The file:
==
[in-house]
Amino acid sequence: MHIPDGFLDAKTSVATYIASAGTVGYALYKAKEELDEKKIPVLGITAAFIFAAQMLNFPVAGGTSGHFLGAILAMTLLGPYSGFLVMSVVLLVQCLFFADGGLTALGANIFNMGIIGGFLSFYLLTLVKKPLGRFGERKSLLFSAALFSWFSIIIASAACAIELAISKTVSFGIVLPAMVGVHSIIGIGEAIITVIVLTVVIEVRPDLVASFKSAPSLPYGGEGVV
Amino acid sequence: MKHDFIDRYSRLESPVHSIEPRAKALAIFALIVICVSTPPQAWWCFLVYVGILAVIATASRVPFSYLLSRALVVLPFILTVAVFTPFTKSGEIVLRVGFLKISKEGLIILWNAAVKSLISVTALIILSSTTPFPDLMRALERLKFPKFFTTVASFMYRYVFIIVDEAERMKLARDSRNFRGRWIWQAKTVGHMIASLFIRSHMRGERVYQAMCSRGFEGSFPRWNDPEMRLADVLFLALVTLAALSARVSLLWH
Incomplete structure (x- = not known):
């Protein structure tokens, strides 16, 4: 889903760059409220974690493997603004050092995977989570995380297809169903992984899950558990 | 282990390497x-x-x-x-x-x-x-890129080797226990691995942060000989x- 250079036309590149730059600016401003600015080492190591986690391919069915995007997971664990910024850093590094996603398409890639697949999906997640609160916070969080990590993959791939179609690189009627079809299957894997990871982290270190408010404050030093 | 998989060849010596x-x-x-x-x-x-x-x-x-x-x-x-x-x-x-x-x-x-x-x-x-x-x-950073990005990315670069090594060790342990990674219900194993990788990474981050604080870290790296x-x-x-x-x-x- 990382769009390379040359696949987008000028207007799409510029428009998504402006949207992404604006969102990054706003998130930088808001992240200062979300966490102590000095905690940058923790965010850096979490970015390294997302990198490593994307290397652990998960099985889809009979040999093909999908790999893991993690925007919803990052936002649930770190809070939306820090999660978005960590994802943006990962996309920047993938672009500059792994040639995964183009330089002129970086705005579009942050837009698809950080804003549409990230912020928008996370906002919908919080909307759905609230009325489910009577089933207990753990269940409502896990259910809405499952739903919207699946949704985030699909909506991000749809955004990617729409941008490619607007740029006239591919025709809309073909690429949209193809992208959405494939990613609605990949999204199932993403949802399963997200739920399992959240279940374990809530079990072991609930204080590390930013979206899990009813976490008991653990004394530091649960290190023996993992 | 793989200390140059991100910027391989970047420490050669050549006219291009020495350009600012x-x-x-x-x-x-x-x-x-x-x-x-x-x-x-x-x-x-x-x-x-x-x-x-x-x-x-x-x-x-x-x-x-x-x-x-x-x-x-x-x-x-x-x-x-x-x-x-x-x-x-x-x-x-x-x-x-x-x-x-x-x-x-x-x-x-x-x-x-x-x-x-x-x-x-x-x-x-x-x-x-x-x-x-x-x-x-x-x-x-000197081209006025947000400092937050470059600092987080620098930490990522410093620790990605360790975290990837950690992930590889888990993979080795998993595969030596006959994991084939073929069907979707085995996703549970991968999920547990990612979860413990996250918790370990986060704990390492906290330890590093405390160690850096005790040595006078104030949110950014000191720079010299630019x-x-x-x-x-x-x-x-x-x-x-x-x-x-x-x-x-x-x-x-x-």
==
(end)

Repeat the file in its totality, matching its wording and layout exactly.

[in-house]
Amino acid sequence: MHIPDGFLDAKTSVATYIASAGTVGYALYKAKEELDEKKIPVLGITAAFIFAAQMLNFPVAGGTSGHFLGAILAMTLLGPYSGFLVMSVVLLVQCLFFADGGLTALGANIFNMGIIGGFLSFYLLTLVKKPLGRFGERKSLLFSAALFSWFSIIIASAACAIELAISKTVSFGIVLPAMVGVHSIIGIGEAIITVIVLTVVIEVRPDLVASFKSAPSLPYGGEGVV
Amino acid sequence: MKHDFIDRYSRLESPVHSIEPRAKALAIFALIVICVSTPPQAWWCFLVYVGILAVIATASRVPFSYLLSRALVVLPFILTVAVFTPFTKSGEIVLRVGFLKISKEGLIILWNAAVKSLISVTALIILSSTTPFPDLMRALERLKFPKFFTTVASFMYRYVFIIVDEAERMKLARDSRNFRGRWIWQAKTVGHMIASLFIRSHMRGERVYQAMCSRGFEGSFPRWNDPEMRLADVLFLALVTLAALSARVSLLWH
Incomplete structure (x- = not known):
């Protein structure tokens, strides 16, 4: 889903760059409220974690493997603004050092995977989570995380297809169903992984899950558990 | 282990390497x-x-x-x-x-x-x-890129080797226990691995942060000989x- 250079036309590149730059600016401003600015080492190591986690391919069915995007997971664990910024850093590094996603398409890639697949999906997640609160916070969080990590993959791939179609690189009627079809299957894997990871982290270190408010404050030093 | 998989060849010596x-x-x-x-x-x-x-x-x-x-x-x-x-x-x-x-x-x-x-x-x-x-x-950073990005990315670069090594060790342990990674219900194993990788990474981050604080870290790296x-x-x-x-x-x- 990382769009390379040359696949987008000028207007799409510029428009998504402006949207992404604006969102990054706003998130930088808001992240200062979300966490102590000095905690940058923790965010850096979490970015390294997302990198490593994307290397652990998960099985889809009979040999093909999908790999893991993690925007919803990052936002649930770190809070939306820090999660978005960590994802943006990962996309920047993938672009500059792994040639995964183009330089002129970086705005579009942050837009698809950080804003549409990230912020928008996370906002919908919080909307759905609230009325489910009577089933207990753990269940409502896990259910809405499952739903919207699946949704985030699909909506991000749809955004990617729409941008490619607007740029006239591919025709809309073909690429949209193809992208959405494939990613609605990949999204199932993403949802399963997200739920399992959240279940374990809530079990072991609930204080590390930013979206899990009813976490008991653990004394530091649960290190023996993992 | 793989200390140059991100910027391989970047420490050669050549006219291009020495350009600012x-x-x-x-x-x-x-x-x-x-x-x-x-x-x-x-x-x-x-x-x-x-x-x-x-x-x-x-x-x-x-x-x-x-x-x-x-x-x-x-x-x-x-x-x-x-x-x-x-x-x-x-x-x-x-x-x-x-x-x-x-x-x-x-x-x-x-x-x-x-x-x-x-x-x-x-x-x-x-x-x-x-x-x-x-x-x-x-x-x-000197081209006025947000400092937050470059600092987080620098930490990522410093620790990605360790975290990837950690992930590889888990993979080795998993595969030596006959994991084939073929069907979707085995996703549970991968999920547990990612979860413990996250918790370990986060704990390492906290330890590093405390160690850096005790040595006078104030949110950014000191720079010299630019x-x-x-x-x-x-x-x-x-x-x-x-x-x-x-x-x-x-x-x-x-």